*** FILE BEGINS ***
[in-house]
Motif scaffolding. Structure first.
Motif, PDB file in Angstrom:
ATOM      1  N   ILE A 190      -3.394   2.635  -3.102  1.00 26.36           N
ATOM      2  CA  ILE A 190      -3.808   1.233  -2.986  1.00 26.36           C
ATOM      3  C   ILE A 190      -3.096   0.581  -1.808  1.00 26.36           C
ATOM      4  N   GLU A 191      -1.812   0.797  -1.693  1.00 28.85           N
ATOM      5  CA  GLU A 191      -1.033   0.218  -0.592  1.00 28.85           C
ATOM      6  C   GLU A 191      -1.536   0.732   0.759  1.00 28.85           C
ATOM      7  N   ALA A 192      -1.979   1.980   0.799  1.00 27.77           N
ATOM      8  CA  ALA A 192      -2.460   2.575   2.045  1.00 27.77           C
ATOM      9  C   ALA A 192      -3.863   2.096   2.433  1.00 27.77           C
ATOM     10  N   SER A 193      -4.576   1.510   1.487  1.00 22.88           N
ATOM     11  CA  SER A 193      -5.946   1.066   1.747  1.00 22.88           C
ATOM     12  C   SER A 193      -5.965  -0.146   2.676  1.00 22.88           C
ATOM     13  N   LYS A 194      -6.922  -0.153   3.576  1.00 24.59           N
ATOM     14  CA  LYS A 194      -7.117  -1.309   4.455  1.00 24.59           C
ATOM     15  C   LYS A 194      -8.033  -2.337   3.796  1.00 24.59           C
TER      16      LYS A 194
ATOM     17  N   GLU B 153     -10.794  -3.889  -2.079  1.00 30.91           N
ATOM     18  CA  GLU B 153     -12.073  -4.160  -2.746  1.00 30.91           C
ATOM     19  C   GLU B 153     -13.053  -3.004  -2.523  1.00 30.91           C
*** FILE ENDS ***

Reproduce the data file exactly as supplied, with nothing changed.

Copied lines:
[in-house]
Motif scaffolding. Structure first.
Motif, PDB file in Angstrom:
ATOM      1  N   ILE A 190      -3.394   2.635  -3.102  1.00 26.36           N
ATOM      2  CA  ILE A 190      -3.808   1.233  -2.986  1.00 26.36           C
ATOM      3  C   ILE A 190      -3.096   0.581  -1.808  1.00 26.36           C
ATOM      4  N   GLU A 191      -1.812   0.797  -1.693  1.00 28.85           N
ATOM      5  CA  GLU A 191      -1.033   0.218  -0.592  1.00 28.85           C
ATOM      6  C   GLU A 191      -1.536   0.732   0.759  1.00 28.85           C
ATOM      7  N   ALA A 192      -1.979   1.980   0.799  1.00 27.77           N
ATOM      8  CA  ALA A 192      -2.460   2.575   2.045  1.00 27.77           C
ATOM      9  C   ALA A 192      -3.863   2.096   2.433  1.00 27.77           C
ATOM     10  N   SER A 193      -4.576   1.510   1.487  1.00 22.88           N
ATOM     11  CA  SER A 193      -5.946   1.066   1.747  1.00 22.88           C
ATOM     12  C   SER A 193      -5.965  -0.146   2.676  1.00 22.88           C
ATOM     13  N   LYS A 194      -6.922  -0.153   3.576  1.00 24.59           N
ATOM     14  CA  LYS A 194      -7.117  -1.309   4.455  1.00 24.59           C
ATOM     15  C   LYS A 194      -8.033  -2.337   3.796  1.00 24.59           C
TER      16      LYS A 194
ATOM     17  N   GLU B 153     -10.794  -3.889  -2.079  1.00 30.91           N
ATOM     18  CA  GLU B 153     -12.073  -4.160  -2.746  1.00 30.91           C
ATOM     19  C   GLU B 153     -13.053  -3.004  -2.523  1.00 30.91           C